Readings from the Platonic Dialogues
Work on the internet version of the Perseus Digital Library began in 1995. Before that, we had to rely on books.
Platonis Opera, Tomvs I. Tetralogia I: Evthyphro. Apologia Socratis. Crito. Phaedo. Tetralogia II: Cratylvs, Theaetetvs, Sophista, Politicvs. First page of the Phaedo (book four in the first tetralogy). "Were you with Socrates yourself, Phaedo, on the day when he drank the poison in prison...."
The smear of yellow bottom left is from split coffee I tried to wipe off the page. I bought this book in graduate school. Plato nowhere explains his intentions in writing his dialogues, but it is easy to get the impression that the middle dialogues mark a new phase in his effort to understand and vindicate Socrates and his love of wisdom. He seems to have decided that an adequate defense of Socrates is possible only from within the perspective of a conception of reality and the place of human beings within it.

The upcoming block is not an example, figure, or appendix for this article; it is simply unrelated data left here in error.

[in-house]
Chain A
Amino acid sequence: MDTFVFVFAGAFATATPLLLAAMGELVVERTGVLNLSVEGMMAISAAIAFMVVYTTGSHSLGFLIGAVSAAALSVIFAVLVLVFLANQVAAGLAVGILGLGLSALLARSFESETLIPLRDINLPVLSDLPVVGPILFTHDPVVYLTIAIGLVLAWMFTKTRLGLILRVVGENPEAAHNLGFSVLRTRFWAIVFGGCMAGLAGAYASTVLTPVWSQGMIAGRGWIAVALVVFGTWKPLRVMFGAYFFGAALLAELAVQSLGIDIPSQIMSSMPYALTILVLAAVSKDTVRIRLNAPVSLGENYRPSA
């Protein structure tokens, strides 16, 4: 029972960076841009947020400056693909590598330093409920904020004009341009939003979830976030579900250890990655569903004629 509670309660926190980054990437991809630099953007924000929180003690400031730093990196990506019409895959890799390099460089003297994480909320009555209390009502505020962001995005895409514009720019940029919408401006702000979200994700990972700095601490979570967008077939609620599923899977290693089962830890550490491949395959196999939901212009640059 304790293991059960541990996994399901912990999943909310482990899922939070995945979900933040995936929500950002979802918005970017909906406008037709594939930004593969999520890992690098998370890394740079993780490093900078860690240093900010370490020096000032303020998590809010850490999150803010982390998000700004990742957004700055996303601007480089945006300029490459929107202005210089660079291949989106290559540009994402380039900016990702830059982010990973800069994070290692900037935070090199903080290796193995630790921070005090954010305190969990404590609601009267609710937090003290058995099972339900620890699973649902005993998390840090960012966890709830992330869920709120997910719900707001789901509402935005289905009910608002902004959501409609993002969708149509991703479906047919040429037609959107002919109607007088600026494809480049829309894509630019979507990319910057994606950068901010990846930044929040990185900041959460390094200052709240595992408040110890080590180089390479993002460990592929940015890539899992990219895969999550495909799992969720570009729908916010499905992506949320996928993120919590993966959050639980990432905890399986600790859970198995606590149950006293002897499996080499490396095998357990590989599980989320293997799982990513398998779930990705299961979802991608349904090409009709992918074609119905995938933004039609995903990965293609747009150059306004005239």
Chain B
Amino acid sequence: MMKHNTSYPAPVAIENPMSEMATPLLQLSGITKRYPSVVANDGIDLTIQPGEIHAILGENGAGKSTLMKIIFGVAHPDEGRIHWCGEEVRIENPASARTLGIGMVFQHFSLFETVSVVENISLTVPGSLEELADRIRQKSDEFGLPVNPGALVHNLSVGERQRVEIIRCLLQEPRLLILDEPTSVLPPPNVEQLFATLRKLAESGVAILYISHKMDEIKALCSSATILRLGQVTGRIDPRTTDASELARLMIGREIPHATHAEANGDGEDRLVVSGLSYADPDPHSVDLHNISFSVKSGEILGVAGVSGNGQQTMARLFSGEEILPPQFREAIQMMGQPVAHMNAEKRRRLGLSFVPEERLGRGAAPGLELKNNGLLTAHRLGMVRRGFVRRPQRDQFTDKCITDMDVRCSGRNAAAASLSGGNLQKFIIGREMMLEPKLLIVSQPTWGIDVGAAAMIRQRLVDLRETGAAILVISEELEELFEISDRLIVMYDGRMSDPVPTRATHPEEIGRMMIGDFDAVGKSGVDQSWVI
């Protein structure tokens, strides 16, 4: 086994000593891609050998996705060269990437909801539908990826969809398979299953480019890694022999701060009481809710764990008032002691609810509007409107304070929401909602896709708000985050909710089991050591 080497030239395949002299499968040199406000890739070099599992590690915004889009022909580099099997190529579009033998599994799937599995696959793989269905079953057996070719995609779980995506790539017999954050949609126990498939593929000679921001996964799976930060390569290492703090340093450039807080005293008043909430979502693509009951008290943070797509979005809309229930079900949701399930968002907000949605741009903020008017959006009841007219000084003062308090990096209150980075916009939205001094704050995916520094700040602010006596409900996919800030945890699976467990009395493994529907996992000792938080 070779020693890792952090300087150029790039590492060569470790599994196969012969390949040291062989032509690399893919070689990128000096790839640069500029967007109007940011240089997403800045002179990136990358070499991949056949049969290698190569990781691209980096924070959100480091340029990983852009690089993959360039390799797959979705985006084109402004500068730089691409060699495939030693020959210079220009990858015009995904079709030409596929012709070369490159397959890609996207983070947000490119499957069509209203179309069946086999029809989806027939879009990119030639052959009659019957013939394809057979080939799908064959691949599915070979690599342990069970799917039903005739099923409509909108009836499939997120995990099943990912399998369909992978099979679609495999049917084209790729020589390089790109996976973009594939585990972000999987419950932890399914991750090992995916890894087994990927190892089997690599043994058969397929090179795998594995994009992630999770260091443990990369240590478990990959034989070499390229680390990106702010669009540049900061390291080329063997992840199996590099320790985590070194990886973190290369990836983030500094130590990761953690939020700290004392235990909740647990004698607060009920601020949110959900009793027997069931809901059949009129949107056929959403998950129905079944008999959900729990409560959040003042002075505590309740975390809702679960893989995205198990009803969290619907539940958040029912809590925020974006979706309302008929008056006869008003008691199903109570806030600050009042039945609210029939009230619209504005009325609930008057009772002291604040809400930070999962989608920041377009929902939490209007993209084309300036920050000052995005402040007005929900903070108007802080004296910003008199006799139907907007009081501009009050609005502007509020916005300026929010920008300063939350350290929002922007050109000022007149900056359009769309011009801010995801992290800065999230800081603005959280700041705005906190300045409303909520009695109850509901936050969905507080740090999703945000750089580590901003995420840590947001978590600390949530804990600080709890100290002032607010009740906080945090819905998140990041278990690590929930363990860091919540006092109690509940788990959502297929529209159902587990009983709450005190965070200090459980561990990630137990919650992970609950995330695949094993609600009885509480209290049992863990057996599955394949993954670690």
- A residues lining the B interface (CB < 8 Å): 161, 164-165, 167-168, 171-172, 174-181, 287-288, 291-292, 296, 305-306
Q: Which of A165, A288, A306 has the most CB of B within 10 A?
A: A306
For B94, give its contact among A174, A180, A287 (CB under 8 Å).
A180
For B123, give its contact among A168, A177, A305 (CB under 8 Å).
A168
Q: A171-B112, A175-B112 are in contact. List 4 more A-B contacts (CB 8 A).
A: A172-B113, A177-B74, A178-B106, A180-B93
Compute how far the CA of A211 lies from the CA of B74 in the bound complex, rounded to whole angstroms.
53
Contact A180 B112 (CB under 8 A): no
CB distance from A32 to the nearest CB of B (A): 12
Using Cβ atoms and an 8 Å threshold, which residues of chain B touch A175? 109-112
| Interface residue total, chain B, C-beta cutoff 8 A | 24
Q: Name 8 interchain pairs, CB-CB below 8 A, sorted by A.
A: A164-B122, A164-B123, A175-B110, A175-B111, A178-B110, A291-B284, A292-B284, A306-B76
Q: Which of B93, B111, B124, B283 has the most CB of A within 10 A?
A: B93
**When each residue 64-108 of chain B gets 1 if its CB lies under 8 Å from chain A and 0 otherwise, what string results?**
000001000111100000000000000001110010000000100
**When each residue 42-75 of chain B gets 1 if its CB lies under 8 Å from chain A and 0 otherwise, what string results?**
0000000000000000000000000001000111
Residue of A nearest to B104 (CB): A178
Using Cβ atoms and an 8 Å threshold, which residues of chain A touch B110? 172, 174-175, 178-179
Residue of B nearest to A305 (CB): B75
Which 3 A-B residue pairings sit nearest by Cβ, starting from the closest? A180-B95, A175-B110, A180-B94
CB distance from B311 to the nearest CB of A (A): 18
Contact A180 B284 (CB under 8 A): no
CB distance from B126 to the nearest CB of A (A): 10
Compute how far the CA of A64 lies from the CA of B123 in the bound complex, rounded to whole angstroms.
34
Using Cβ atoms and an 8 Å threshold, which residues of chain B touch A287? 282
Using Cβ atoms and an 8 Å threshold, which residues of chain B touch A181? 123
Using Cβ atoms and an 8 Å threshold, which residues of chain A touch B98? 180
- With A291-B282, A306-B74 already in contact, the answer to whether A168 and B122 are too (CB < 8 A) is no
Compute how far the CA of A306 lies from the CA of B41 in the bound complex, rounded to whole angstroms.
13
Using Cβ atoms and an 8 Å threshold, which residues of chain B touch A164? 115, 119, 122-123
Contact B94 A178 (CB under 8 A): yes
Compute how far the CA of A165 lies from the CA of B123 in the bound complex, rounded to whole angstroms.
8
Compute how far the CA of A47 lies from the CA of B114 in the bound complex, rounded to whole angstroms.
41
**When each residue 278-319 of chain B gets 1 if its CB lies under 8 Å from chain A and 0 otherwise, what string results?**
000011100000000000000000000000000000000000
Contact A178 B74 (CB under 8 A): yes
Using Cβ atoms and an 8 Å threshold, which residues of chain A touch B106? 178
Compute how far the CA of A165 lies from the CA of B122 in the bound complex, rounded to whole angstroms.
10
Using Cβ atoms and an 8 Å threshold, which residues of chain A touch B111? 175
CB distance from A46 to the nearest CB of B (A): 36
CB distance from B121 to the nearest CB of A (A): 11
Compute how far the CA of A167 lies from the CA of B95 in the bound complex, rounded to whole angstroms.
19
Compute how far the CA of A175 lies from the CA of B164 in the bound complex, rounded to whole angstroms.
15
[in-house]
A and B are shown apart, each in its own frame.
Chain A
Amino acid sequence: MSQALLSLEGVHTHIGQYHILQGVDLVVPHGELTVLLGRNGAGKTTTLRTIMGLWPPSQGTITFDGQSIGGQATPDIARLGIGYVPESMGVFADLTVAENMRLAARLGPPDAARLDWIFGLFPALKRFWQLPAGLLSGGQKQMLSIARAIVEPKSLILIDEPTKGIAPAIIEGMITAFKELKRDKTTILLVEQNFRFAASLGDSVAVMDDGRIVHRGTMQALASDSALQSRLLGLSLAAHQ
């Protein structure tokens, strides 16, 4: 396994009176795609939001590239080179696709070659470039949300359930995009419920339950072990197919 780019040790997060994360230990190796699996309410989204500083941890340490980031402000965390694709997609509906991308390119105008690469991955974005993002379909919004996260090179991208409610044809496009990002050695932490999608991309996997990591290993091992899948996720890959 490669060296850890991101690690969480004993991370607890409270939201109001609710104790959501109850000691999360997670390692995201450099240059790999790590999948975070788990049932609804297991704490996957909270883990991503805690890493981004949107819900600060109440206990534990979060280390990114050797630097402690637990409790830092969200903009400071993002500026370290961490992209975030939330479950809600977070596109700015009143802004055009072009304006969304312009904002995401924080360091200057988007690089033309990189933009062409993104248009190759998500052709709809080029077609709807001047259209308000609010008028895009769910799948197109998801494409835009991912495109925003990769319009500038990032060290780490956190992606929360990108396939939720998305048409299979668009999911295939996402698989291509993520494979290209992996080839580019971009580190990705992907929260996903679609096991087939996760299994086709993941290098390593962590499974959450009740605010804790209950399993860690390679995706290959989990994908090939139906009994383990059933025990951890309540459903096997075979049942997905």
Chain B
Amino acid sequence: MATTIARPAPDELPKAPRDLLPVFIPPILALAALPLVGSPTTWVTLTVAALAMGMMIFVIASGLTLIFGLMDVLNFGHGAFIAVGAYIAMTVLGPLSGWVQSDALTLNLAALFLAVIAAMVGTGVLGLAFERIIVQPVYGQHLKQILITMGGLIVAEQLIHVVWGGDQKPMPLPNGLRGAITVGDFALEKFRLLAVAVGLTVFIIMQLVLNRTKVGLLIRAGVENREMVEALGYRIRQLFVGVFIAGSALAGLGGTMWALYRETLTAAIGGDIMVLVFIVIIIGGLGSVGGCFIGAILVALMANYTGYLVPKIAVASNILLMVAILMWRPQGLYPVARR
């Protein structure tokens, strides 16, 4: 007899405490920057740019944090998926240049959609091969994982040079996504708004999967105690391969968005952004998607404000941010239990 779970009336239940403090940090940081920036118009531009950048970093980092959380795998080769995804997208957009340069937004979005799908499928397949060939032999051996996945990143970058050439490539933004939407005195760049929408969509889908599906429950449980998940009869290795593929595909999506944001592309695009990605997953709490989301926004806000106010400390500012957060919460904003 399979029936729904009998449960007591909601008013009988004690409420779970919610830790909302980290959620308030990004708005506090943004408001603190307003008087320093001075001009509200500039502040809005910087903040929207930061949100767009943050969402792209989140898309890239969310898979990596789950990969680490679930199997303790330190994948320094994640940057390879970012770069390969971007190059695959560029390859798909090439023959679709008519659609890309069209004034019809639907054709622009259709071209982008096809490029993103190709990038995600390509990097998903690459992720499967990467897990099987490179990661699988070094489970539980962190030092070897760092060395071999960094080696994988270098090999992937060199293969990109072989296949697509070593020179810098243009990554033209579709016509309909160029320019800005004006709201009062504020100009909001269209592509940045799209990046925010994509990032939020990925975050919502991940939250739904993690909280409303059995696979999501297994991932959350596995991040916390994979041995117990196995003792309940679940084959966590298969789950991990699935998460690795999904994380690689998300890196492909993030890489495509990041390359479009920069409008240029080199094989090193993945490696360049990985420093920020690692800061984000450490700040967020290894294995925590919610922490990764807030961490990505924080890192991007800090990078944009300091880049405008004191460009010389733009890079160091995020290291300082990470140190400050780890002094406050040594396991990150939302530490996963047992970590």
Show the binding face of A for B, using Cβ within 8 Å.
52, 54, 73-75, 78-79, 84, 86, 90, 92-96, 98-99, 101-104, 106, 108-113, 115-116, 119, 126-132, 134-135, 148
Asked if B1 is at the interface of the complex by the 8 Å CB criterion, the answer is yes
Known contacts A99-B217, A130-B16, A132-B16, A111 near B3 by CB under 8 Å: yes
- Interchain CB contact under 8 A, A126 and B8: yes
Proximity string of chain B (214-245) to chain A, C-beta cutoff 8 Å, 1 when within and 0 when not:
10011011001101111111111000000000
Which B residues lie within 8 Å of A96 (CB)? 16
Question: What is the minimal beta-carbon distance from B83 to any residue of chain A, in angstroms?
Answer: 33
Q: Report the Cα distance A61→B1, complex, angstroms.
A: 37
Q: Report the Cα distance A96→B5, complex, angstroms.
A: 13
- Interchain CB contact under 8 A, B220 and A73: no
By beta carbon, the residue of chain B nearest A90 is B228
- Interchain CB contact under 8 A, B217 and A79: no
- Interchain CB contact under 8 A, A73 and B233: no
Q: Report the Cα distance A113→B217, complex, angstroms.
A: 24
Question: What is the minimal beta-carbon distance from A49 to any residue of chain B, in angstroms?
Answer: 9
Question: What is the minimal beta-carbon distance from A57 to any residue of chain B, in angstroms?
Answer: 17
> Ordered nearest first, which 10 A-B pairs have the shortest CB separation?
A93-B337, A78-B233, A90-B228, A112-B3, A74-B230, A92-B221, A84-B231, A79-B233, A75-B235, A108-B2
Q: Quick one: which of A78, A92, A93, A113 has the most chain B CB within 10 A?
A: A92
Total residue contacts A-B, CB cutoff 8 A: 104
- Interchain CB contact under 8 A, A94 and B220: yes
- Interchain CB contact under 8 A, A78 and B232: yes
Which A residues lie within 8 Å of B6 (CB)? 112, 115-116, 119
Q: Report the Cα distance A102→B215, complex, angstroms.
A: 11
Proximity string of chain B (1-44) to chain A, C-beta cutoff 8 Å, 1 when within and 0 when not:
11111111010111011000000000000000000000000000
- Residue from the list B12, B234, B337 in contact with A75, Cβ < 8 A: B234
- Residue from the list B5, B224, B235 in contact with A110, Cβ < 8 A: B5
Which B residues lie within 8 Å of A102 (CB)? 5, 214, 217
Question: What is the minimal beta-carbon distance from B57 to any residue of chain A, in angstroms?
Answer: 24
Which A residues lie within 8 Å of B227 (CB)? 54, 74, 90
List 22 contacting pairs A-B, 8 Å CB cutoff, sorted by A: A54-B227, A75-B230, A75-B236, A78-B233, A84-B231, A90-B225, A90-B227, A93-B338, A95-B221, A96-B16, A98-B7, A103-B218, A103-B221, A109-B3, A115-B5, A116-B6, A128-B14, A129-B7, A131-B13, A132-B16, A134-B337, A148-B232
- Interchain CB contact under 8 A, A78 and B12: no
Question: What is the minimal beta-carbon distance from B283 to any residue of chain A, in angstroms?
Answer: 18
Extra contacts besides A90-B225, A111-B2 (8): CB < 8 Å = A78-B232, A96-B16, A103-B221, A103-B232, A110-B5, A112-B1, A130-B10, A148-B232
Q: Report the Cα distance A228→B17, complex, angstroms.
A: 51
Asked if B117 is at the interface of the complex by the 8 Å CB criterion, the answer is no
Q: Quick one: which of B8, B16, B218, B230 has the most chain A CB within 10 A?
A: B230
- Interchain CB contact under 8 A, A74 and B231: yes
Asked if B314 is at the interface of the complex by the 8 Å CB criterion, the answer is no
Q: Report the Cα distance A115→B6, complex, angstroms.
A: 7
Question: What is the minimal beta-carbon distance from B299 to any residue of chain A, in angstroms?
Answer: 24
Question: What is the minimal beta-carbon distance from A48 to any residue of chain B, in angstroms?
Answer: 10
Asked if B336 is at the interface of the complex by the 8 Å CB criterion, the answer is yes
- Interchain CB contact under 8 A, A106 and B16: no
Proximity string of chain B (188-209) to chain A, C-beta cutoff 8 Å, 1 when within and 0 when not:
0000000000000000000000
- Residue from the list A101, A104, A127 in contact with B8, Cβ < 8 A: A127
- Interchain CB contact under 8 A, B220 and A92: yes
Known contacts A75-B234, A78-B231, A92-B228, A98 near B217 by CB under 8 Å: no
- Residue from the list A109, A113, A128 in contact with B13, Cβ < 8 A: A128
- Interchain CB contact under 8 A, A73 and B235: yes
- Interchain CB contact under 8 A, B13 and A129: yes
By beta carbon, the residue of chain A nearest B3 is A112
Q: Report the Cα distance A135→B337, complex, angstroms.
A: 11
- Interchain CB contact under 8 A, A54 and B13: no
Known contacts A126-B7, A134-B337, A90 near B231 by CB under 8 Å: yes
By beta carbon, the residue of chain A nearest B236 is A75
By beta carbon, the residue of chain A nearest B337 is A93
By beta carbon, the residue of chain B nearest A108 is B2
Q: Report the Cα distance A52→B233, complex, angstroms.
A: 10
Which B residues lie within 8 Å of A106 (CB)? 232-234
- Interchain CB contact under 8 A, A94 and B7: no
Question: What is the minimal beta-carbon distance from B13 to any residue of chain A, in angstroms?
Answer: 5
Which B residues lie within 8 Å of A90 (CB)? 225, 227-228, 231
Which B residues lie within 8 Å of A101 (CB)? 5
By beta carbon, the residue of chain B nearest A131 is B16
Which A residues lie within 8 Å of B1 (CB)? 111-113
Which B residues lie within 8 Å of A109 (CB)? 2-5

Socrates continues in his role as chief interlocutor, but he no longer just asks questions. Now he argues for views. In particular, he argues for what has come be known as the Theory of Recollection, the Theory of Forms, the Tripartite Theory of the Soul, and the Theory of Justice.
Selected Readings from the Middle Dialogues
The dialogues for this unit on Plato are the
The selection of passages that follow constitute the focus in the unit. Read the lectures and return to these passages once it is clearer what is going on the dialogues.
- Theory of Recollection
- Socrates' Intellectual Autobiography
- Theory of Forms
- Tripartite Theory of the soul
- Theory of Justice
Read more generally within the dialogues as time permits.